CANADA: Zimbabwean restaurant charms Calgary

By calgaryherald.com

The best kinds of restaurants are the ones that tell a story about the people behind the business, be it a tale about the owner’s grandmother’s cooking or a tangible reflection of a chef’s passion for specific ingredients and culinary traditions.

Chakalaka, a new restaurant and bar on 17th Avenue S.W. paints a picture of owner Ronnie Mupambwa and the life he’s built here in Calgary.

Mupambwa is a popular nightclub DJ and also the force behind Lately, a nightlife-friendly lounge and restaurant just a block up the street from Chakalaka.

While Lately is definitely a representation of Mupambwa’s position in the late-night scene, he wanted his new restaurant to tell a deeper story about who he is and what he believes in.

Ronnie Mupambwa, owner of Chakalaka, a new restaurant on 17th Avenue S.W., with executive sous chef Scott Bradshaw, left, and executive head chef Thomas Kagoro inside the eatery

Originally from Zimbabwe (he moved to Calgary a decade ago), Mupambwa’s DJ sets have always melded his African background with all of the other multi-cultural influences that speak to his club audiences. He wanted to open a restaurant that creates a similar feel of inclusivity.

The word “chakalaka” refers to a South African relish that the restaurant doesn’t actually serve (since it’s usually paired with bread or similarly heavy items, Mupambwa doesn’t want to overfill his customers or discourage them from ordering a wide variety of tapas-style dishes), but the name is a good representation of his own heritage and aim to bring people together, figuratively speaking for now, of course.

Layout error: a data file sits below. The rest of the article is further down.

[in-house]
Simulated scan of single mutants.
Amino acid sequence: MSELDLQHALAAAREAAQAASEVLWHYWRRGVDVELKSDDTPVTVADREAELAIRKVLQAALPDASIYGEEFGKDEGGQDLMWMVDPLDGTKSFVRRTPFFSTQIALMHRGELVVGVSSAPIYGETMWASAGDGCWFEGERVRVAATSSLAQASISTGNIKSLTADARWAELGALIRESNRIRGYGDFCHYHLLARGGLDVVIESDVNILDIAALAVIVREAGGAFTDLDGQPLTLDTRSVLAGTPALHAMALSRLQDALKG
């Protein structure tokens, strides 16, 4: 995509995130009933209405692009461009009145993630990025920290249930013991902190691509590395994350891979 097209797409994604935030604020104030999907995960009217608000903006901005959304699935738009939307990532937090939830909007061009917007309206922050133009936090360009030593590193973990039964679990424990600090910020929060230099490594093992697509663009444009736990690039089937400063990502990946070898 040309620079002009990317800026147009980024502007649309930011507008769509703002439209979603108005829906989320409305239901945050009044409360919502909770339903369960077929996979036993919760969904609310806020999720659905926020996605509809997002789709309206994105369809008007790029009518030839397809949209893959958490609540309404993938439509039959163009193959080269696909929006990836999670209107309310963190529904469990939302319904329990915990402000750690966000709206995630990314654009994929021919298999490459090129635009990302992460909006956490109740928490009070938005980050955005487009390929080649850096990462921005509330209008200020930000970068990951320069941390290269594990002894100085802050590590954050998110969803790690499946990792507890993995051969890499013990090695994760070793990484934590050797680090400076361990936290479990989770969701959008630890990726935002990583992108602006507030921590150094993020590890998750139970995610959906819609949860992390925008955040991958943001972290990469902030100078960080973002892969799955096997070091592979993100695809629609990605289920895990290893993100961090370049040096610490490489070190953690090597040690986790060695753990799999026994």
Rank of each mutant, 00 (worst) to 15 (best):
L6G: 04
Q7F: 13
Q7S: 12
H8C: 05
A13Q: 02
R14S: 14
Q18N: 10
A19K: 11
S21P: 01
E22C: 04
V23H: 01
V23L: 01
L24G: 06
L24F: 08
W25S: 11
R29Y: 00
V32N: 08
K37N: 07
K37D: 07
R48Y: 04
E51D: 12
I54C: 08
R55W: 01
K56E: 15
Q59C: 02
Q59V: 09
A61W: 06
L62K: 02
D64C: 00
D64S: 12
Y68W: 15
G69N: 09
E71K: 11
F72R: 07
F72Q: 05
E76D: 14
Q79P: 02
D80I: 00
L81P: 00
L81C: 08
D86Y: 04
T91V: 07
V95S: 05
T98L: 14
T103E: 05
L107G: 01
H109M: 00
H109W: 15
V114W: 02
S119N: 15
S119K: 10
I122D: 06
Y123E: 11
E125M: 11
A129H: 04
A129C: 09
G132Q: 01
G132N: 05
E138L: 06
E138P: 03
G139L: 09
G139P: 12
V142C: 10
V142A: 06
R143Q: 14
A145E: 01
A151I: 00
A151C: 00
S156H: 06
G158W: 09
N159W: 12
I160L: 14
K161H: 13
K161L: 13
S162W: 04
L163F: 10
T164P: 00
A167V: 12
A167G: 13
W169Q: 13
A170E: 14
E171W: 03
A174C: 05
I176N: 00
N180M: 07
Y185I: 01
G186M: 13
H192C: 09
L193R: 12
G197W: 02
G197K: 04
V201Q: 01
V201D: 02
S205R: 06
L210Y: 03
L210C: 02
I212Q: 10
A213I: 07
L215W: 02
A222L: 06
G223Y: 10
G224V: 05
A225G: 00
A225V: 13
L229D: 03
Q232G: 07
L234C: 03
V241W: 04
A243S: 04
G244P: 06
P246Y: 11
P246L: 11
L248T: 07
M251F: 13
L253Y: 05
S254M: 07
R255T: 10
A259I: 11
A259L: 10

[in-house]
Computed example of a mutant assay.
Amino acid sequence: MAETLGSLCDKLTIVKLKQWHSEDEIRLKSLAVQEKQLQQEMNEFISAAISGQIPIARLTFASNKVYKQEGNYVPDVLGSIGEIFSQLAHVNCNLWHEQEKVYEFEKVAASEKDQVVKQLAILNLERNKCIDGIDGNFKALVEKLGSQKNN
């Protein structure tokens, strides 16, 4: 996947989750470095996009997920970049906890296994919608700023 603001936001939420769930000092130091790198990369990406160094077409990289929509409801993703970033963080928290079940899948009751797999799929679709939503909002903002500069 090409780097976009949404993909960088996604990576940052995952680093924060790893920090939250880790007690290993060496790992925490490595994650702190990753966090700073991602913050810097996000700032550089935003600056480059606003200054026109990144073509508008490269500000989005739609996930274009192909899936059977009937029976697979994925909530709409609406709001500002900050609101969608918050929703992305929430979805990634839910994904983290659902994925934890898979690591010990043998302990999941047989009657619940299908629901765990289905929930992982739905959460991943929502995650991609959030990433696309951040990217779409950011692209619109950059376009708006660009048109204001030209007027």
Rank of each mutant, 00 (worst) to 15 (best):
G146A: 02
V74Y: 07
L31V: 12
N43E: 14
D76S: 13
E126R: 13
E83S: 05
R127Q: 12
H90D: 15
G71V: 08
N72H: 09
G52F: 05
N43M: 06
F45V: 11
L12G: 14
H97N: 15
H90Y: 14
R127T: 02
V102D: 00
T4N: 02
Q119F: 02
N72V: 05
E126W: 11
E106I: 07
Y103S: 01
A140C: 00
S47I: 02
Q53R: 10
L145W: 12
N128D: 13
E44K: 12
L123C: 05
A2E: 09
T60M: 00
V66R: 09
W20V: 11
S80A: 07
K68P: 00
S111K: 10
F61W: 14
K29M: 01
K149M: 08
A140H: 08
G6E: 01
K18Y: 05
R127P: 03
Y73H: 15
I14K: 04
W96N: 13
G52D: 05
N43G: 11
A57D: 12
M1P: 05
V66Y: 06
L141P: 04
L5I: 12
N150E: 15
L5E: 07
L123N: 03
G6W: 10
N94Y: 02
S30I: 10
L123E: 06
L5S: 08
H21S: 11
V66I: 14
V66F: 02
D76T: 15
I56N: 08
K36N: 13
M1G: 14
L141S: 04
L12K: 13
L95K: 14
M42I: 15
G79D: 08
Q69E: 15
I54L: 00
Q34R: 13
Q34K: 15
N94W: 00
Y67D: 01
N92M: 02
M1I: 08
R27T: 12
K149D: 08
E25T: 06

Mupambwa worked with head chef Thomas Kagoro and sous chef Scott Bradshaw to build a menu that intentionally spans countries and continents so guests can experience a multitude of different flavours. Just like Mupambwa’s DJ crowds might enjoy an Afrobeat song followed by some Latin hip-hop, Chakalaka diners can mix genres of food, so to speak.

A hot stone exotic meat dish with kangaroo, ostrich, alligator and frog legs at Chakalaka. Photo courtesy, Chakalaka
A hot stone exotic meat dish with kangaroo, ostrich, alligator and frog legs at Chakalaka. Photo courtesy, Chakalaka Brendan Miller/Postmedia

“My success in the entertainment industry has been in bringing people from different backgrounds together through music. Now I’m using that same concept with drinks and food,” Mupambwa says.

“People from all backgrounds can come to Chakalaka and feel welcome. I wanted to touch on the most popular cuisines from around the world that are favourable to everyone.”

A typical table at Chakalaka might be covered with small plates of things like shrimp ceviche with pickled beet crema ($6.75), Indian pani puri with crunchy khatta meetha and tamarind water ($7), and skewers of jerk chicken ($3.75), miso charred tofu ($4) and South African boerewors sausage ($4.75).

Chakalaka’s showstopper is its tableside hot stone cooking, where guests can tend to their own pieces of raw kangaroo, ostrich, alligator, and frogs’ legs that sizzle in butter on a blazing hot slab of stone before being dipped in ponzu or chimichurri sauce ($45 for seven ounces of meat, with an additional charge for extra meat or sauce).

The restaurant’s drinks match the food, with eclectic and often dramatically presented cocktails representing the flavours of South Africa, Japan, Peru and other international locales.

Mupambwa has some big ideas, but Chakalaka is also a big space: located in the former 1410 World Bier Haus, the restaurant has ample room on its main indoor level, even under COVID-19 restrictions, but things will really come alive once the weather warms up and the pandemic starts to fade.

The front of the main room is outfitted with garage doors that open up to an extensive sidewalk patio and the building also has a downstairs area (it’s currently a brightly decorated selfie room, but Mupambwa envisions it becoming a VIP lounge once restrictions are relaxed), a rooftop patio, and an expansive yard in the back alley where Mupambwa hopes to eventually hold lively barbecues like the ones he grew up with in Zimbabwe.

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